Under the Copyright Act of 1976, the author of a creative work is granted the exclusive right to use the material.  “Fair use” is a limitation or exception to the author’s exclusive right where someone else can use the copyrighted materials without acquiring permission from the author – but whether a use is “fair” depends on a number of factors, including (1) the purpose and character of the use; (2) the nature of the copyrighted work; (3) the amount and substantiality of the portion used in relation to the copyrighted work; and (4) the effect of the use upon the potential market for or value of the copyrighted work.  While the Office of Legal Affairs can help you consider how each of these factors might apply to your proposed use, this office cannot declare a use to be “fair” – that is something only a federal judge can do.  When in doubt, permission from the lawful copyright owner should be sought.  For information about who owns the copyright for works created by University staff, faculty and/or students as part of their University employment or participation in a student organization, please refer to the University's Policy on Intellectual Property.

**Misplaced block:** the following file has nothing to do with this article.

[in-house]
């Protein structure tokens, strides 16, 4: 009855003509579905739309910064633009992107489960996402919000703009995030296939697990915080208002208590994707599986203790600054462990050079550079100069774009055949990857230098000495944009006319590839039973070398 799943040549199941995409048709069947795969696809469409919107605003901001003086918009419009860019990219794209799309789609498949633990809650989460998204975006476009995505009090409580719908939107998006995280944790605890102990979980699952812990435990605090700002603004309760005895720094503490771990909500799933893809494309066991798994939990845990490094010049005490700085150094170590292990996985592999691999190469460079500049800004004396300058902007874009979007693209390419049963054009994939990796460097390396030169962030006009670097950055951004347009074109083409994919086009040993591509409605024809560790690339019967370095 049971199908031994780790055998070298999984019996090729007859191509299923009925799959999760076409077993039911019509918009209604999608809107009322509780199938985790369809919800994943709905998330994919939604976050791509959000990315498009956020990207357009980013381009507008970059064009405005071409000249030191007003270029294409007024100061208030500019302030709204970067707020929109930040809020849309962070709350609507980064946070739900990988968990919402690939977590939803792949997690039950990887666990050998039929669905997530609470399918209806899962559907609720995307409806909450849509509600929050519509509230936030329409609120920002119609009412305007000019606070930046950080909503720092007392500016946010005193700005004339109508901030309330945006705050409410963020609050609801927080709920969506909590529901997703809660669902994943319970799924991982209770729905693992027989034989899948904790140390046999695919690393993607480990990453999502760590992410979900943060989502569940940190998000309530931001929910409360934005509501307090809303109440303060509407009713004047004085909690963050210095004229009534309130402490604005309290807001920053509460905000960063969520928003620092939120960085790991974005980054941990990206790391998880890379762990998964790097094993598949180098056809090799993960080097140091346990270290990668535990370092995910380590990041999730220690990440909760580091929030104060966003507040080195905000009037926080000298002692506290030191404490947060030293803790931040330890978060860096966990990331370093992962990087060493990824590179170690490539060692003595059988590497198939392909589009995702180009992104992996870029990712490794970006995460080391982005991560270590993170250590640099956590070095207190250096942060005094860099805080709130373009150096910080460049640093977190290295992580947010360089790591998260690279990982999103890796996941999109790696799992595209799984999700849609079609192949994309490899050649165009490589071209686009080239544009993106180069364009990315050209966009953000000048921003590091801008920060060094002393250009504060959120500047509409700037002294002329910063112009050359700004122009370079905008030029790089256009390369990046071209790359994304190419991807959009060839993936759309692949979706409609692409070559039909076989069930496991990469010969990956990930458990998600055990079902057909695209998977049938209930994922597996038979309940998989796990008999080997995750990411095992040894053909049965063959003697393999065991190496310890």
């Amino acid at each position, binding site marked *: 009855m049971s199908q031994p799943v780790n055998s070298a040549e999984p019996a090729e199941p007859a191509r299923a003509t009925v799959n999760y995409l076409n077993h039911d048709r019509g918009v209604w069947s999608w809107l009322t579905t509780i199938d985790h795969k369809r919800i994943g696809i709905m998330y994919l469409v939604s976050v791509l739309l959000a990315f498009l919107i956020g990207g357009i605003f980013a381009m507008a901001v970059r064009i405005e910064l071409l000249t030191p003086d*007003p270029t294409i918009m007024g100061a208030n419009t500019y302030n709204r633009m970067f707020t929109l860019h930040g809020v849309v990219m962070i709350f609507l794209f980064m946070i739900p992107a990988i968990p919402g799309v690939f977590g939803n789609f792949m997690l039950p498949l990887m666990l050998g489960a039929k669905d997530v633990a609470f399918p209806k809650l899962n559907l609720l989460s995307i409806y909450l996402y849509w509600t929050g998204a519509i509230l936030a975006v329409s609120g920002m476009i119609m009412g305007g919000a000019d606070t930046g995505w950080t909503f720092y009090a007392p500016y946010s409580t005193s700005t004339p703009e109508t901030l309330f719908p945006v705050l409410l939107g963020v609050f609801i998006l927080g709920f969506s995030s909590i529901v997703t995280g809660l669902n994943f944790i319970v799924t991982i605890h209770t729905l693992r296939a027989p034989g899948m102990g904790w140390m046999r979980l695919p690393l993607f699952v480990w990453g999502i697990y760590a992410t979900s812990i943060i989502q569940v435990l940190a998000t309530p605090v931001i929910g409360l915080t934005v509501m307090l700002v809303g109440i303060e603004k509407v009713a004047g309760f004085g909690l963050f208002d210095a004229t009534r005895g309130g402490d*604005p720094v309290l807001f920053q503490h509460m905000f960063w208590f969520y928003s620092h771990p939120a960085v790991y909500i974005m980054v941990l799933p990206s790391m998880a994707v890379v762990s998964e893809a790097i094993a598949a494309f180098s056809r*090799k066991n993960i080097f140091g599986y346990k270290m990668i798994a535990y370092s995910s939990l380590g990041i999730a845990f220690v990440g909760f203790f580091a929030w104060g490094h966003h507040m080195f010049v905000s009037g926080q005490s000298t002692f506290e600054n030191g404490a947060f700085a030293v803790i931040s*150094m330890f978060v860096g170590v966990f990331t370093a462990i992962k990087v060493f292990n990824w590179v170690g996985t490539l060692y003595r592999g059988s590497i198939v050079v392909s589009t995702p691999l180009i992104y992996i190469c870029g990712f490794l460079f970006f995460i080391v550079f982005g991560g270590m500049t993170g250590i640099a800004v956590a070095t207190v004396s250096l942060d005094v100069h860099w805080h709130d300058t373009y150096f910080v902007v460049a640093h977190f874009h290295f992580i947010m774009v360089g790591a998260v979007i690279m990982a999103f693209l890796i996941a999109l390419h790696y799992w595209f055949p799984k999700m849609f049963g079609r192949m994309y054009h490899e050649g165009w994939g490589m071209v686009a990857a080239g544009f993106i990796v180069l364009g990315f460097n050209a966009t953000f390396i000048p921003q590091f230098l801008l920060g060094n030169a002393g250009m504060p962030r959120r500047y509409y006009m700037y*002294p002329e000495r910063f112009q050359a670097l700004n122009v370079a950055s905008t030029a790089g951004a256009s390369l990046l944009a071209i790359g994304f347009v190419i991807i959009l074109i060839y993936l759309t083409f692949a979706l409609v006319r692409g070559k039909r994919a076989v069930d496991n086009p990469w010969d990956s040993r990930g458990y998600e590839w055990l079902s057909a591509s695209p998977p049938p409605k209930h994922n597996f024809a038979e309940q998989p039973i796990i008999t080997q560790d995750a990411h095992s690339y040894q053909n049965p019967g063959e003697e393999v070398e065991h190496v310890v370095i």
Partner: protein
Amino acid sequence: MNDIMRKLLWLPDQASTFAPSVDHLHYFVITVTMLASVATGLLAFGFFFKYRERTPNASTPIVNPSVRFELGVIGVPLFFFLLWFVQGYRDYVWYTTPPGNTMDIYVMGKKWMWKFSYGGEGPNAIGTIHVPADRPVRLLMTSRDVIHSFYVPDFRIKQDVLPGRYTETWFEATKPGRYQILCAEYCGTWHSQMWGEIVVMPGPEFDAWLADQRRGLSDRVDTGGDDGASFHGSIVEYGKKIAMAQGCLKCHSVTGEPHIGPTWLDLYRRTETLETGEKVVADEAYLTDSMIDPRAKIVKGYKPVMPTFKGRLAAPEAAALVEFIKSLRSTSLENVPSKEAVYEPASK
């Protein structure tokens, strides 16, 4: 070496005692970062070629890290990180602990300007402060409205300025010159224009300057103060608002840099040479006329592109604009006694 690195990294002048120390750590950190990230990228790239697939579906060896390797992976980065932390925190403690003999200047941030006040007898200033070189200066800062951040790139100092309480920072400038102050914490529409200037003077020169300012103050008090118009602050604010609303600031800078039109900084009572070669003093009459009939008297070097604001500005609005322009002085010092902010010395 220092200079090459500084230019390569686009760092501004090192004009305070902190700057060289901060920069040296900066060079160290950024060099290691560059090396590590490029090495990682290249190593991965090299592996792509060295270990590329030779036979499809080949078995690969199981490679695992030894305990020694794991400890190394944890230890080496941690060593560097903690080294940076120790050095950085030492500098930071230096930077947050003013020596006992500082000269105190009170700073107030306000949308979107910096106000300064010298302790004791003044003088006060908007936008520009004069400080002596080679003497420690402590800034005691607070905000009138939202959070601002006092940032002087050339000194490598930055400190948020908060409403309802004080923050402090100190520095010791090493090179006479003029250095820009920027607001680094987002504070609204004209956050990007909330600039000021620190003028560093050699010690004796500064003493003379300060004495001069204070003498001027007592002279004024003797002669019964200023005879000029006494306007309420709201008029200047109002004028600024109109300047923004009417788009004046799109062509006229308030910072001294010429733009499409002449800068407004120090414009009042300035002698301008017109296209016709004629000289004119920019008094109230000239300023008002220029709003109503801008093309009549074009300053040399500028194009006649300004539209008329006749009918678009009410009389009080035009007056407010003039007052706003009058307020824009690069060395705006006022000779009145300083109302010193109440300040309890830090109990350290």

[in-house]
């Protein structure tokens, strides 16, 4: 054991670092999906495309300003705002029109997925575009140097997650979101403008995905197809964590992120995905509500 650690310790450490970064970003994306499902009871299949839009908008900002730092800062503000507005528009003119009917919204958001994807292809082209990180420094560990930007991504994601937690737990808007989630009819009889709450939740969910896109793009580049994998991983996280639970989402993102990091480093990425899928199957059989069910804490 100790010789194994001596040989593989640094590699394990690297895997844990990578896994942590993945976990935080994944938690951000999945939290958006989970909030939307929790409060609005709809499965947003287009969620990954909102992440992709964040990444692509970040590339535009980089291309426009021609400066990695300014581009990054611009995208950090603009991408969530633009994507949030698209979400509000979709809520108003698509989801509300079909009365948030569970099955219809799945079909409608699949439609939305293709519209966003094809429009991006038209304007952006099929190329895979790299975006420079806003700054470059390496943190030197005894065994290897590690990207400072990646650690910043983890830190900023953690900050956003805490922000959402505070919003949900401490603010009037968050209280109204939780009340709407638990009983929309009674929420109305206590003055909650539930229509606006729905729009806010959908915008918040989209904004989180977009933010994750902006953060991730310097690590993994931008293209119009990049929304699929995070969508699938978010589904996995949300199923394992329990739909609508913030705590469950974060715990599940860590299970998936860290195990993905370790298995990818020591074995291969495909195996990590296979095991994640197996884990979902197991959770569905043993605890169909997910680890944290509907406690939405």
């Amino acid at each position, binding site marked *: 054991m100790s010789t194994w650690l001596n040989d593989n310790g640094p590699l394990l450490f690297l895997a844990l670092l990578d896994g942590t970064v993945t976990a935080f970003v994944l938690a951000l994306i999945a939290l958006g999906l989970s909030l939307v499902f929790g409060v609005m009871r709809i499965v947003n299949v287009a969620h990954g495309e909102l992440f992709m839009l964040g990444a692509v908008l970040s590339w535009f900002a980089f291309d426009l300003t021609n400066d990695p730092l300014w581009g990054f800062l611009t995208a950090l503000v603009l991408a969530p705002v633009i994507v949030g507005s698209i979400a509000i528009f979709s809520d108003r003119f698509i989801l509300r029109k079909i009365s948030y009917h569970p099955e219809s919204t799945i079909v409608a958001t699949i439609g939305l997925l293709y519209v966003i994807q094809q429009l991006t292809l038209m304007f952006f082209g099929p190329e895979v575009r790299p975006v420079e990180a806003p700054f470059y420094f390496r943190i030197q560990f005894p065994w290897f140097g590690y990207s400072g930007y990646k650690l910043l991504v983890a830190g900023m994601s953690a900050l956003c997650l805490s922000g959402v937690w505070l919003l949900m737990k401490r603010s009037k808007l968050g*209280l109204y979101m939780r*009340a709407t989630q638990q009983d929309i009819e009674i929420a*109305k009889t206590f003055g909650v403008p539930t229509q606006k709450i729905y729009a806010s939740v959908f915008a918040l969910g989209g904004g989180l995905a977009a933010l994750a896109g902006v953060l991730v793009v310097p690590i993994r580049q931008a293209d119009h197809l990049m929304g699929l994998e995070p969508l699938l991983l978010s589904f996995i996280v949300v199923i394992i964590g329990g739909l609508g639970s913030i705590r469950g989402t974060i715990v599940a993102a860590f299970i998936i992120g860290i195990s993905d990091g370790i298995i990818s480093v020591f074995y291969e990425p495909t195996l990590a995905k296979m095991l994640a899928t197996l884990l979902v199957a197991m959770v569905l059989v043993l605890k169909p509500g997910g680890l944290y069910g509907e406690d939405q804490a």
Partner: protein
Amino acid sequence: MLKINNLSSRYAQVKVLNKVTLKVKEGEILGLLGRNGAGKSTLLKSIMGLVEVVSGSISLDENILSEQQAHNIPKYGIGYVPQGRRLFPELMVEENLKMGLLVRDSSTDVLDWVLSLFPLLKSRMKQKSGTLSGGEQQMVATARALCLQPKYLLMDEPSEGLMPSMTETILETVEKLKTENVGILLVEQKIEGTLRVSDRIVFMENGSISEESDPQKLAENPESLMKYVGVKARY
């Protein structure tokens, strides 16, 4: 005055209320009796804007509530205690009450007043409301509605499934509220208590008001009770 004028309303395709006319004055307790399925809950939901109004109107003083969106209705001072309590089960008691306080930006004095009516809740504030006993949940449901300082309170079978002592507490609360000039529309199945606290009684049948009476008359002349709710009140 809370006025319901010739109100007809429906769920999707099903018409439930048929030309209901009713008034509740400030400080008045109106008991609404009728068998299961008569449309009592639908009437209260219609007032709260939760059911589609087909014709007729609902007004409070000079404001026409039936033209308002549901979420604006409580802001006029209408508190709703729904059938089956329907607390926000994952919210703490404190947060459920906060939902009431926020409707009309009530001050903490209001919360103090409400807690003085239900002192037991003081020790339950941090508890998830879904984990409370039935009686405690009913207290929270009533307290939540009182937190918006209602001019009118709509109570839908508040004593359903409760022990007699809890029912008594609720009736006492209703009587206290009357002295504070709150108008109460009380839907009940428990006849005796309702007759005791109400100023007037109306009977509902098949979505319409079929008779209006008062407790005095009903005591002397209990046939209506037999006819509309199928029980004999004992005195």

No.  Just because an individual on campus has a law degree does not mean that the person can or should offer legal advice on behalf of the University.  Only attorneys in the Office of Legal Affairs or attorneys formally retained by the University are authorized to offer legal advice that binds the University and it is those lawyers who have professional insurance in place to cover their legal services for the University.

If you are using a University logo as part of your job, such as on documentation you create in your UD work, be sure you do so in a way that follows the University's brand guidelines (available at the following link: and that you do not alter the way the logo appears.  That is, do not change the light to dark and vice versa, do not change the colors (except you may change to grayscale), and do not change the proportionality (i.e., keep the lock aspect ratio), etc.  For example, in the stacked logo pictured here, it is important that the 2 panes of the chapel are white, and that the total logo width is about 2.5 times the height.